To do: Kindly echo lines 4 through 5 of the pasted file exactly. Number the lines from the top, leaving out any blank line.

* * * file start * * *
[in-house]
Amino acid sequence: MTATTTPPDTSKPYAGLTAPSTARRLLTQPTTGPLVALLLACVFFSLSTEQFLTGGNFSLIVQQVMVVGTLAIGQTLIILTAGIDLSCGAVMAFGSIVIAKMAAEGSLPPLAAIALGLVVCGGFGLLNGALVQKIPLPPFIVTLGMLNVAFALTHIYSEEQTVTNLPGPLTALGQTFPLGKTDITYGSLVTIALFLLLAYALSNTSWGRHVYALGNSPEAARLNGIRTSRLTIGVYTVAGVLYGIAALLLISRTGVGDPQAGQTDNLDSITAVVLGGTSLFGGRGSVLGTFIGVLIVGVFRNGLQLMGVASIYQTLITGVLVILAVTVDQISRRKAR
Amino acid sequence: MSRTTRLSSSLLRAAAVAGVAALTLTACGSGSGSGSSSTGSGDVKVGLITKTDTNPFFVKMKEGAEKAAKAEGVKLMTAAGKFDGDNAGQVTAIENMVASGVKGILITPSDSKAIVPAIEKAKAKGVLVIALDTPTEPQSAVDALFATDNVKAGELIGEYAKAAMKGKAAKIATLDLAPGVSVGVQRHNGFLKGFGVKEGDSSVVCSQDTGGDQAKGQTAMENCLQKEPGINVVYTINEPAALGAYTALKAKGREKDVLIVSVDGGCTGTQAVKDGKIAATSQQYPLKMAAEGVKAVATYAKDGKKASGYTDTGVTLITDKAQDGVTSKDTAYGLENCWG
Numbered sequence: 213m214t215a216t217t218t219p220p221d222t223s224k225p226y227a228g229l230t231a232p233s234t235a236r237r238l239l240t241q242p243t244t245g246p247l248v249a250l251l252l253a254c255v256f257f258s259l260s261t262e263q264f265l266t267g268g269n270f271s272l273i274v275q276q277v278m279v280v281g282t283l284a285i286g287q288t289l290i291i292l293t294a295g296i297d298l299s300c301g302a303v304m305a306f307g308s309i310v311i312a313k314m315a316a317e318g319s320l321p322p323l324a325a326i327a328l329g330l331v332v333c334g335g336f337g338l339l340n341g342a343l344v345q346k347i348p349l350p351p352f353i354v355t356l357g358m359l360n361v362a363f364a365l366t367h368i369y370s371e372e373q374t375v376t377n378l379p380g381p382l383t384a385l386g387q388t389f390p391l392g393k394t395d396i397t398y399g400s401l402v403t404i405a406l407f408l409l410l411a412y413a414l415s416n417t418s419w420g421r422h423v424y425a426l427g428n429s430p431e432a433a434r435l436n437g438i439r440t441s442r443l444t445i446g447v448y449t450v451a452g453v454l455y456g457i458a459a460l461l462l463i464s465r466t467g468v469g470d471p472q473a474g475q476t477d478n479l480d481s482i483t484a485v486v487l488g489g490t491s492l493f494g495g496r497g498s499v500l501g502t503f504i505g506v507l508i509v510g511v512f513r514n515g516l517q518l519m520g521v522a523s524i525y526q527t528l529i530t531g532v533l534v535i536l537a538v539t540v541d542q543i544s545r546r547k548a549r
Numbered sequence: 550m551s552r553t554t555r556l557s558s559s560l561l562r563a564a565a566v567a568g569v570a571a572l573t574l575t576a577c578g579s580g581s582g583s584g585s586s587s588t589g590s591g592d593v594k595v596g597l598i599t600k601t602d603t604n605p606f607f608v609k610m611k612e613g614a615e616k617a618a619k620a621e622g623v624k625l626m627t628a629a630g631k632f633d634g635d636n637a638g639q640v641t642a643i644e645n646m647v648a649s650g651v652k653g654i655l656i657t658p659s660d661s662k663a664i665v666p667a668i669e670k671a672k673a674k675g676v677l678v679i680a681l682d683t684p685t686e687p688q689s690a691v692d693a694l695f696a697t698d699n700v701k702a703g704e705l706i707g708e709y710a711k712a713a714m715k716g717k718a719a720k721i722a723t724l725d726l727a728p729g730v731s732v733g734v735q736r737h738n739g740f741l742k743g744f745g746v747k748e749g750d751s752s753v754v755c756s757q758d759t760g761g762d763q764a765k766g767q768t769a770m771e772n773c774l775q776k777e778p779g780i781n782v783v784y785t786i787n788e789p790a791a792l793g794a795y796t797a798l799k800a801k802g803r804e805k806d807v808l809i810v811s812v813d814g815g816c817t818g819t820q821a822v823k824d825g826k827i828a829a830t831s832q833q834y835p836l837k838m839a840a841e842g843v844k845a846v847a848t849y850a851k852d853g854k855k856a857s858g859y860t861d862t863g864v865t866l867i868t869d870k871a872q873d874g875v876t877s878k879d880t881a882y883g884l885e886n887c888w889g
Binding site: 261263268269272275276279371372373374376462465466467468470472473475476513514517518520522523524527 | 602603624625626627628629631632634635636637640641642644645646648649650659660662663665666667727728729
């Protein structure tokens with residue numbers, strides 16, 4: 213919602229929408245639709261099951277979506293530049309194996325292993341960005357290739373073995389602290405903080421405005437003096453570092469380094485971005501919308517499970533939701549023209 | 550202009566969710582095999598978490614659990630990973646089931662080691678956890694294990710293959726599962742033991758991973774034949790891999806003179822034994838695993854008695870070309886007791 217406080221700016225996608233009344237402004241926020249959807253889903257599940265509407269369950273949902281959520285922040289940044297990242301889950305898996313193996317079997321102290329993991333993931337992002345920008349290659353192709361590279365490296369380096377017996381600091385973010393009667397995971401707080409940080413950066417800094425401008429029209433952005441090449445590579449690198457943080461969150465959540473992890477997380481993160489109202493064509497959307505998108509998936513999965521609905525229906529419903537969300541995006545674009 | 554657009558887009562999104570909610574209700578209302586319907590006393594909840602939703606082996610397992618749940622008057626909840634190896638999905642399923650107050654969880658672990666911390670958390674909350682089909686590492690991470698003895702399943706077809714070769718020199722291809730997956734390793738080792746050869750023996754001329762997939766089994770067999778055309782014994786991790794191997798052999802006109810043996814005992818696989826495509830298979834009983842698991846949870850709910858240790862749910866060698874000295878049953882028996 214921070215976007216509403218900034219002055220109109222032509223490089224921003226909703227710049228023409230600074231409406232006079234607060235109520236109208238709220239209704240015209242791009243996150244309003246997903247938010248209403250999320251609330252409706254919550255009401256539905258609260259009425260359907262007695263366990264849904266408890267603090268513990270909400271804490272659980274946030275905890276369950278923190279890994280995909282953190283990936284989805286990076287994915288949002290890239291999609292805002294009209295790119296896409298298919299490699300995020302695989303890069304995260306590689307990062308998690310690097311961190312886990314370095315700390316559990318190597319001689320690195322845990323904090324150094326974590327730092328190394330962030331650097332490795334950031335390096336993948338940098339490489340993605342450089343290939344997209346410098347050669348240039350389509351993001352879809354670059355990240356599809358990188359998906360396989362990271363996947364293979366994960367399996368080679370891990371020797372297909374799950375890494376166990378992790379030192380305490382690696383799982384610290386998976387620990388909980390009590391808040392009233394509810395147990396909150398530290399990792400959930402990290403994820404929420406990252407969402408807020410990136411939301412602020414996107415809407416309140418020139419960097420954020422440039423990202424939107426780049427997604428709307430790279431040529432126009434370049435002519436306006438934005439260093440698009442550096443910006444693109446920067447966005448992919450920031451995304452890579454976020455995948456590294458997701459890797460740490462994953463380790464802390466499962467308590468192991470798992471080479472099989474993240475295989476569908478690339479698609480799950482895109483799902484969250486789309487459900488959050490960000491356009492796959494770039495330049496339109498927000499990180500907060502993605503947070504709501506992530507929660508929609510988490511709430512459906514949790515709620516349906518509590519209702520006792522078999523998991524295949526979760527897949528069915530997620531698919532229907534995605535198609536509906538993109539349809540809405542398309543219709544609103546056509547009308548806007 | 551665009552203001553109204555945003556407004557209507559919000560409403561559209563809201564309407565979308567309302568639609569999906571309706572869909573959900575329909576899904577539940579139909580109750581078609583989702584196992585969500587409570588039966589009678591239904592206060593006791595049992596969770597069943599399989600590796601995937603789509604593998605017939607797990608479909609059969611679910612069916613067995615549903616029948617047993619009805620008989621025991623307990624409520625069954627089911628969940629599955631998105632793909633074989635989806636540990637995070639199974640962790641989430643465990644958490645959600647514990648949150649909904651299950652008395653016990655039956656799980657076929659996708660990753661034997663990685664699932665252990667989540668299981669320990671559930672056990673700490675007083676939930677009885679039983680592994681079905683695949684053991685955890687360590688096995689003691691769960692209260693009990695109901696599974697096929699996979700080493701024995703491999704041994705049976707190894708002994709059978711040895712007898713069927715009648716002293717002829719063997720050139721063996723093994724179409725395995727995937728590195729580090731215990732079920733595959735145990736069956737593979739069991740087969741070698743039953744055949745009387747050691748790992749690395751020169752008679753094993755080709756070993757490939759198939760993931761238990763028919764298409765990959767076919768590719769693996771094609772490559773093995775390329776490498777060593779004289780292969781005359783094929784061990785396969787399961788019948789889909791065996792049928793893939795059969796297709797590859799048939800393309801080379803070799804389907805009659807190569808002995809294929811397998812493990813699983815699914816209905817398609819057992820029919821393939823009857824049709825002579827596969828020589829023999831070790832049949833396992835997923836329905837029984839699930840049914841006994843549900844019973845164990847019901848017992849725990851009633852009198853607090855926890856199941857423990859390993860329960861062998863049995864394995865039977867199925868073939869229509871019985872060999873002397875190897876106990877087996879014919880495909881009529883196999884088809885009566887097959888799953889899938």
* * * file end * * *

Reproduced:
Numbered sequence: 213m214t215a216t217t218t219p220p221d222t223s224k225p226y227a228g229l230t231a232p233s234t235a236r237r238l239l240t241q242p243t244t245g246p247l248v249a250l251l252l253a254c255v256f257f258s259l260s261t262e263q264f265l266t267g268g269n270f271s272l273i274v275q276q277v278m279v280v281g282t283l284a285i286g287q288t289l290i291i292l293t294a295g296i297d298l299s300c301g302a303v304m305a306f307g308s309i310v311i312a313k314m315a316a317e318g319s320l321p322p323l324a325a326i327a328l329g330l331v332v333c334g335g336f337g338l339l340n341g342a343l344v345q346k347i348p349l350p351p352f353i354v355t356l357g358m359l360n361v362a363f364a365l366t367h368i369y370s371e372e373q374t375v376t377n378l379p380g381p382l383t384a385l386g387q388t389f390p391l392g393k394t395d396i397t398y399g400s401l402v403t404i405a406l407f408l409l410l411a412y413a414l415s416n417t418s419w420g421r422h423v424y425a426l427g428n429s430p431e432a433a434r435l436n437g438i439r440t441s442r443l444t445i446g447v448y449t450v451a452g453v454l455y456g457i458a459a460l461l462l463i464s465r466t467g468v469g470d471p472q473a474g475q476t477d478n479l480d481s482i483t484a485v486v487l488g489g490t491s492l493f494g495g496r497g498s499v500l501g502t503f504i505g506v507l508i509v510g511v512f513r514n515g516l517q518l519m520g521v522a523s524i525y526q527t528l529i530t531g532v533l534v535i536l537a538v539t540v541d542q543i544s545r546r547k548a549r
Numbered sequence: 550m551s552r553t554t555r556l557s558s559s560l561l562r563a564a565a566v567a568g569v570a571a572l573t574l575t576a577c578g579s580g581s582g583s584g585s586s587s588t589g590s591g592d593v594k595v596g597l598i599t600k601t602d603t604n605p606f607f608v609k610m611k612e613g614a615e616k617a618a619k620a621e622g623v624k625l626m627t628a629a630g631k632f633d634g635d636n637a638g639q640v641t642a643i644e645n646m647v648a649s650g651v652k653g654i655l656i657t658p659s660d661s662k663a664i665v666p667a668i669e670k671a672k673a674k675g676v677l678v679i680a681l682d683t684p685t686e687p688q689s690a691v692d693a694l695f696a697t698d699n700v701k702a703g704e705l706i707g708e709y710a711k712a713a714m715k716g717k718a719a720k721i722a723t724l725d726l727a728p729g730v731s732v733g734v735q736r737h738n739g740f741l742k743g744f745g746v747k748e749g750d751s752s753v754v755c756s757q758d759t760g761g762d763q764a765k766g767q768t769a770m771e772n773c774l775q776k777e778p779g780i781n782v783v784y785t786i787n788e789p790a791a792l793g794a795y796t797a798l799k800a801k802g803r804e805k806d807v808l809i810v811s812v813d814g815g816c817t818g819t820q821a822v823k824d825g826k827i828a829a830t831s832q833q834y835p836l837k838m839a840a841e842g843v844k845a846v847a848t849y850a851k852d853g854k855k856a857s858g859y860t861d862t863g864v865t866l867i868t869d870k871a872q873d874g875v876t877s878k879d880t881a882y883g884l885e886n887c888w889g